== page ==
# Cooley–Tukey FFT algorithm

(Redirected from Danielson-Lanczos lemma)

The Cooley–Tukey algorithm, named after J. W. Cooley and John Tukey, is the most common fast Fourier transform (FFT) algorithm. It re-expresses the discrete Fourier transform (DFT) of an arbitrary composite size N = N1N2 in terms of N1 smaller DFTs of sizes N2, recursively, to reduce the computation time to O(N log N) for highly composite N (smooth numbers). Because of the algorithm's importance, specific variants and implementation styles have become known by their own names, as described below.

Because the Cooley–Tukey algorithm breaks the DFT into smaller DFTs, it can be combined arbitrarily with any other algorithm for the DFT. For example, Rader's or Bluestein's algorithm can be used to handle large prime factors that cannot be decomposed by Cooley–Tukey, or the prime-factor algorithm can be exploited for greater efficiency in separating out relatively prime factors.

The algorithm, along with its recursive application, was invented by Carl Friedrich Gauss. Cooley and Tukey independently rediscovered and popularized it 160 years later.

## History

This algorithm, including its recursive application, was invented around 1805 by Carl Friedrich Gauss, who used it to interpolate the trajectories of the asteroids Pallas and Juno, but his work was not widely recognized (being published only posthumously and in neo-Latin).[1][2] Gauss did not analyze the asymptotic computational time, however. Various limited forms were also rediscovered several times throughout the 19th and early 20th centuries.[2] FFTs became popular after James Cooley of IBM and John Tukey of Princeton published a paper in 1965 reinventing the algorithm and describing how to perform it conveniently on a computer.[3]

Tukey reportedly came up with the idea during a meeting of President Kennedy’s Science Advisory Committee discussing ways to detect nuclear-weapon tests in the Soviet Union by employing seismometers located outside the country. These sensors would generate seismological time series. However, analysis of this data would require fast algorithms for computing DFT due to number of sensors and length of time. This task was critical for the ratification of the proposed nuclear test ban so that any violations could be detected without need to visit Soviet facilities.[4][5] Another participant at that meeting, Richard Garwin of IBM, recognized the potential of the method and put Tukey in touch with Cooley however making sure that Cooley did not know the original purpose. Instead Cooley was told that this was needed to determine periodicities of the spin orientations in a 3-D crystal of Helium-3. Cooley and Tukey subsequently published their joint paper, and wide adoption quickly followed due to the simultaneous development of Analog-to-digital converters capable of sampling at rates up to 300 kHz.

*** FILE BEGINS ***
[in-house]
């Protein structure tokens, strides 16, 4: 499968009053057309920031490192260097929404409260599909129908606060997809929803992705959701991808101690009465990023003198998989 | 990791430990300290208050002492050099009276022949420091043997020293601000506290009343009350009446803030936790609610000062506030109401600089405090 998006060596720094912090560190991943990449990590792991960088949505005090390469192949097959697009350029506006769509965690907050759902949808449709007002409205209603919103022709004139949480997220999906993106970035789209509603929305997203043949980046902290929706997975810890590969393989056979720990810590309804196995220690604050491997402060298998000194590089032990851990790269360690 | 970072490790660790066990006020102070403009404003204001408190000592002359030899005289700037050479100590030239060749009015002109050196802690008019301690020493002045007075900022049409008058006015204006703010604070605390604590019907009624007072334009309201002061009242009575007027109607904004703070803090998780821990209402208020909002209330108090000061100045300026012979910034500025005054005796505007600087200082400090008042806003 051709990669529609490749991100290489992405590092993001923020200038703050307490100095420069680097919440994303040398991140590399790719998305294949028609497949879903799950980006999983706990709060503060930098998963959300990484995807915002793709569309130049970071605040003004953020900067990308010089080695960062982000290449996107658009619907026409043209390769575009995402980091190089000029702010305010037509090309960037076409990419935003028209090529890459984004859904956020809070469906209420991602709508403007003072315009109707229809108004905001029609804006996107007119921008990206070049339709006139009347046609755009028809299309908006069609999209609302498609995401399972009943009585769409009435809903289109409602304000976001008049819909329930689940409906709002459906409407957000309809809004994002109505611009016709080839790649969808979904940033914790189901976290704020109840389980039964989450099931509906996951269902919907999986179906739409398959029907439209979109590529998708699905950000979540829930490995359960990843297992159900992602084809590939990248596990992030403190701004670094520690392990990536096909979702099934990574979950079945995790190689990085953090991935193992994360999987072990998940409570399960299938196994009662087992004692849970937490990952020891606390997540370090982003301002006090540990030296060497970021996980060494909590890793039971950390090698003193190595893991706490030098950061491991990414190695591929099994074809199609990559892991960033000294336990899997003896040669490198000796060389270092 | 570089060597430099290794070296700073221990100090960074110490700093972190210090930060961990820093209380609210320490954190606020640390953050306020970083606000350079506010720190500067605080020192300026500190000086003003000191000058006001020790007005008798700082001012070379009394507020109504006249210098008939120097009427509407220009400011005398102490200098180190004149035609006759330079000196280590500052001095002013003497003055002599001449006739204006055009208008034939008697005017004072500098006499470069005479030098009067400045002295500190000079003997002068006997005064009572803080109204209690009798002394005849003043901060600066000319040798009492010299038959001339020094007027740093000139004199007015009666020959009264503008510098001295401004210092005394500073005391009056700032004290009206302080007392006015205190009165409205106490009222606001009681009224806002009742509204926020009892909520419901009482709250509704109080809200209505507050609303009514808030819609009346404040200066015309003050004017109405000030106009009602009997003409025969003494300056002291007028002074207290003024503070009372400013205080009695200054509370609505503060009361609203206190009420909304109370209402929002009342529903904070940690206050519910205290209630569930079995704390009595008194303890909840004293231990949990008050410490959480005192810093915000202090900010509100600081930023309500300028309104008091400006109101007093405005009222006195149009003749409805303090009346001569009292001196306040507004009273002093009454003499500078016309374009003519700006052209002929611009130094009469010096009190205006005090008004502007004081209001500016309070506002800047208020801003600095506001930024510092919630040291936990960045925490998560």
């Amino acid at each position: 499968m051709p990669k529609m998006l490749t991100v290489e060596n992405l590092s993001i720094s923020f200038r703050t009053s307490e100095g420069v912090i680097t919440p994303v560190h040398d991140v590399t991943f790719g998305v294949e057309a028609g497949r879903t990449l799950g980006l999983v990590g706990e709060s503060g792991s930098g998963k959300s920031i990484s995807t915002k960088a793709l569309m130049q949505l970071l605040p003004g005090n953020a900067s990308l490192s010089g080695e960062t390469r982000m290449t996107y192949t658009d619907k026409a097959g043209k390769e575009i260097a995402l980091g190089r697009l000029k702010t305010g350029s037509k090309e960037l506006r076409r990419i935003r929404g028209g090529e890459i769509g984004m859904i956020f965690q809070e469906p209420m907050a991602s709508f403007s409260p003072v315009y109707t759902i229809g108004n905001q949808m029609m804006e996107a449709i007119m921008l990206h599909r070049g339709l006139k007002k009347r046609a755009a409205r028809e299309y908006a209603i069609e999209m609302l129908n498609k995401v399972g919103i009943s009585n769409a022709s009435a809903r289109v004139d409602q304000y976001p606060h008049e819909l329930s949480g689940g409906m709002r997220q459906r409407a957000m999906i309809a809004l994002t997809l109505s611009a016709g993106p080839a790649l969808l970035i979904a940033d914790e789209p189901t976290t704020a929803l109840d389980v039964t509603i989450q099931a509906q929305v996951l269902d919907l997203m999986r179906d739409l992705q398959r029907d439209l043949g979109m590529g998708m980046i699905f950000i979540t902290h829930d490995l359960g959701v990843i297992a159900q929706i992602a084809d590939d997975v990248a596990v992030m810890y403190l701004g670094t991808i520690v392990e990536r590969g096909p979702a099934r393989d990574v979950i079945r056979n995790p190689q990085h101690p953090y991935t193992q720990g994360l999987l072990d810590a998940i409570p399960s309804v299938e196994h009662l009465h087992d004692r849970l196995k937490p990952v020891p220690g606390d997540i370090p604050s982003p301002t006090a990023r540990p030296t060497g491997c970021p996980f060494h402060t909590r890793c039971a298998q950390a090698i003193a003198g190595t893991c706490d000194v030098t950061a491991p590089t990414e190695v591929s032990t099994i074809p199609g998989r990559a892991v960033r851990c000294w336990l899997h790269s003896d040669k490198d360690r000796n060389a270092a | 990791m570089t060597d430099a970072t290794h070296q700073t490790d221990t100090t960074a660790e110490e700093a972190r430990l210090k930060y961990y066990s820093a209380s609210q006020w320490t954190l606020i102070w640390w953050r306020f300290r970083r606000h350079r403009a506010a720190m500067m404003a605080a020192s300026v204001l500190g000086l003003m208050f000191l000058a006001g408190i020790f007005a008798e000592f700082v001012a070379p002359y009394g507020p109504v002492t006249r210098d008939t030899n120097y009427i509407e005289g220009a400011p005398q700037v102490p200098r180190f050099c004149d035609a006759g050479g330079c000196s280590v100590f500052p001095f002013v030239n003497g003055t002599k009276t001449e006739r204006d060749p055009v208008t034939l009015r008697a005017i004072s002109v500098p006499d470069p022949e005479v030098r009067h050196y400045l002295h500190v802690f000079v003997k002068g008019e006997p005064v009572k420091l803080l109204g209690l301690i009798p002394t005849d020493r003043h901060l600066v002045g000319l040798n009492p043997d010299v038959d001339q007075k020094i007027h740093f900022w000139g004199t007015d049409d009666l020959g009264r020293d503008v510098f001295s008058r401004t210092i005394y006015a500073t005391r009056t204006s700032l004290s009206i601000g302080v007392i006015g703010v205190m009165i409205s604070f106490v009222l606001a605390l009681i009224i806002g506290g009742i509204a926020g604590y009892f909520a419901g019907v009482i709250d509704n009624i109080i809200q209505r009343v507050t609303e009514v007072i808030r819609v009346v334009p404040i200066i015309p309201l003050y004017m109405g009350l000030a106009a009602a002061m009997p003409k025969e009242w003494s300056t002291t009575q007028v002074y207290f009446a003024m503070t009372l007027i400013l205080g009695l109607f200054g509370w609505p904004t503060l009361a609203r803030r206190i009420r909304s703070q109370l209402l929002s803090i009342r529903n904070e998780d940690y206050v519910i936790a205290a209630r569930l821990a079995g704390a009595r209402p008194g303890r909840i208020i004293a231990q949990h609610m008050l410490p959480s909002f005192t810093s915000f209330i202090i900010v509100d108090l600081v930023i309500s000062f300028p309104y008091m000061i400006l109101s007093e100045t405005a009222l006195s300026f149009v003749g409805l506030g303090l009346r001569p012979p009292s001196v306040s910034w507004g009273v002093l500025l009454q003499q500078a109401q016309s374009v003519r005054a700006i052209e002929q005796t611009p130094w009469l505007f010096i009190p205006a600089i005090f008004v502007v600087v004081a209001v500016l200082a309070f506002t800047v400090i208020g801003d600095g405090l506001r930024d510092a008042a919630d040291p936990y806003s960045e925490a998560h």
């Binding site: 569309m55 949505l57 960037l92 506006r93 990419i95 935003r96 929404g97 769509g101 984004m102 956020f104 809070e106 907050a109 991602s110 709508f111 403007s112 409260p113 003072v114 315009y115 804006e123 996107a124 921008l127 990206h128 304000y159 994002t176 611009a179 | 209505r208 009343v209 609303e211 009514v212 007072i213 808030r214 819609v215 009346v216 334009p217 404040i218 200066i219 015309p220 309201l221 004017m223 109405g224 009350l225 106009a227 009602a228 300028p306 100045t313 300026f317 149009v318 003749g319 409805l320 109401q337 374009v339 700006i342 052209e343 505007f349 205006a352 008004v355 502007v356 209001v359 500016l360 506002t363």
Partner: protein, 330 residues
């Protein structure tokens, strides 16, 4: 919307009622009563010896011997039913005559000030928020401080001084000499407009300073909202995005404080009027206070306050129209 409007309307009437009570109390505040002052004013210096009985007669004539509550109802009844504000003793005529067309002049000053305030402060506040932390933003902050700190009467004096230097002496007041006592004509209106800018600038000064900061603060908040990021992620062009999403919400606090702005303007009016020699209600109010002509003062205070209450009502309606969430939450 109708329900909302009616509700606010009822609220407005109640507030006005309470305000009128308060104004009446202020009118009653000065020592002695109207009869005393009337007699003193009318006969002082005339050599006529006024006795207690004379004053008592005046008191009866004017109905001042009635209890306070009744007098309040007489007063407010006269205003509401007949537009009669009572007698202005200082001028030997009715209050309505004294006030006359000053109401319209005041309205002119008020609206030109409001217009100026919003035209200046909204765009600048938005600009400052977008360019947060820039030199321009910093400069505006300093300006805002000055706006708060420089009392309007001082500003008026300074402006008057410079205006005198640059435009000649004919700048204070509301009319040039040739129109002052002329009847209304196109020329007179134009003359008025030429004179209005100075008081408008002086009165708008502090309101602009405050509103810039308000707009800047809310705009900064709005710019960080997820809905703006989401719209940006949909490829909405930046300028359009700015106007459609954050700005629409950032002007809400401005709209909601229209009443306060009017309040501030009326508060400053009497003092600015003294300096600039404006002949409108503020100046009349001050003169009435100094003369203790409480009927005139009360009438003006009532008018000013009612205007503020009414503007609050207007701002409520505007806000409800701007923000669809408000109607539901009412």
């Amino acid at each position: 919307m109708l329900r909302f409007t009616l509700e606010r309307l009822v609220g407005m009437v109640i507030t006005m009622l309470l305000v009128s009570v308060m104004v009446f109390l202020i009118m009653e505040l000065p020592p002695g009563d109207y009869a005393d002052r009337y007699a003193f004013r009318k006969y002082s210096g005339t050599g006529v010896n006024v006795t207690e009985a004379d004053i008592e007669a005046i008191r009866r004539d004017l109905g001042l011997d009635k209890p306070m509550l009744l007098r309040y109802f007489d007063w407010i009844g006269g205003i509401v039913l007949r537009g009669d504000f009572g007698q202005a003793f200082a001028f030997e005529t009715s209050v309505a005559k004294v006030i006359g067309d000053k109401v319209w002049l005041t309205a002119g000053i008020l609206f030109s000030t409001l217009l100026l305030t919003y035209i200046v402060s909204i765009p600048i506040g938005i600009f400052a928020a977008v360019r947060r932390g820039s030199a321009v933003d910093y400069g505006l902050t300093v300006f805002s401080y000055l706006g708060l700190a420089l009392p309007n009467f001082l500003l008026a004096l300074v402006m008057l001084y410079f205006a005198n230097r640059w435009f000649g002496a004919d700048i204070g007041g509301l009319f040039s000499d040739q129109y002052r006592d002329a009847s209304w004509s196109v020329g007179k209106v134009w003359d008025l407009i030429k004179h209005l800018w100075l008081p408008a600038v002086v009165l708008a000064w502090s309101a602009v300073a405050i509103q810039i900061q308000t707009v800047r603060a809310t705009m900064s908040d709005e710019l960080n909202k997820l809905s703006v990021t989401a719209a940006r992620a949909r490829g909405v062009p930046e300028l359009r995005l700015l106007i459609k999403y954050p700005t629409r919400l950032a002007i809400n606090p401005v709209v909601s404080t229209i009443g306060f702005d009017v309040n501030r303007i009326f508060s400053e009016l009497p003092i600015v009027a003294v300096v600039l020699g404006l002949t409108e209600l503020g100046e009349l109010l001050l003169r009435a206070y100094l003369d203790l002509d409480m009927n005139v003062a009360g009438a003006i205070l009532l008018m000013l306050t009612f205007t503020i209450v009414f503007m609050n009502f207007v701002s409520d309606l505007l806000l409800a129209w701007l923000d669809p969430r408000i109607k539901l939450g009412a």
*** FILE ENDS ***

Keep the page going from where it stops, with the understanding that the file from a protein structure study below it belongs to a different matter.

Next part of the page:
The fact that Gauss had described the same algorithm (albeit without analyzing its asymptotic cost) was not realized until several years after Cooley and Tukey's 1965 paper.[2] Their paper cited as inspiration only the work by I. J. Good on what is now called the prime-factor FFT algorithm (PFA);[3] although Good's algorithm was initially thought to be equivalent to the Cooley–Tukey algorithm, it was quickly realized that PFA is a quite different algorithm (only working for sizes that have relatively prime factors and relying on the Chinese Remainder Theorem, unlike the support for any composite size in Cooley–Tukey).[6]

A radix-2 decimation-in-time (DIT) FFT is the simplest and most common form of the Cooley–Tukey algorithm, although highly optimized Cooley–Tukey implementations typically use other forms of the algorithm as described below. Radix-2 DIT divides a DFT of size N into two interleaved DFTs (hence the name "radix-2") of size N/2 with each recursive stage.

The discrete Fourier transform (DFT) is defined by the formula:

${\displaystyle X_{k}=\sum _{n=0}^{N-1}x_{n}e^{-{\frac {2\pi i}{N}}nk},}$

where ${\displaystyle k}$ is an integer ranging from ${\displaystyle 0}$ to ${\displaystyle N-1}$.

Radix-2 DIT first computes the DFTs of the even-indexed inputs ${\displaystyle (x_{2m}=x_{0},x_{2},\ldots ,x_{N-2})}$ and of the odd-indexed inputs ${\displaystyle (x_{2m+1}=x_{1},x_{3},\ldots ,x_{N-1})}$, and then combines those two results to produce the DFT of the whole sequence. This idea can then be performed recursively to reduce the overall runtime to O(N log N). This simplified form assumes that N is a power of two; since the number of sample points N can usually be chosen freely by the application, this is often not an important restriction.

The Radix-2 DIT algorithm rearranges the DFT of the function ${\displaystyle x_{n}}$ into two parts: a sum over the even-numbered indices ${\displaystyle n={2m}}$ and a sum over the odd-numbered indices ${\displaystyle n={2m+1}}$:

${\displaystyle {\begin{matrix}X_{k}&=&\sum \limits _{m=0}^{N/2-1}x_{2m}e^{-{\frac {2\pi i}{N}}(2m)k}+\sum \limits _{m=0}^{N/2-1}x_{2m+1}e^{-{\frac {2\pi i}{N}}(2m+1)k}\end{matrix}}}$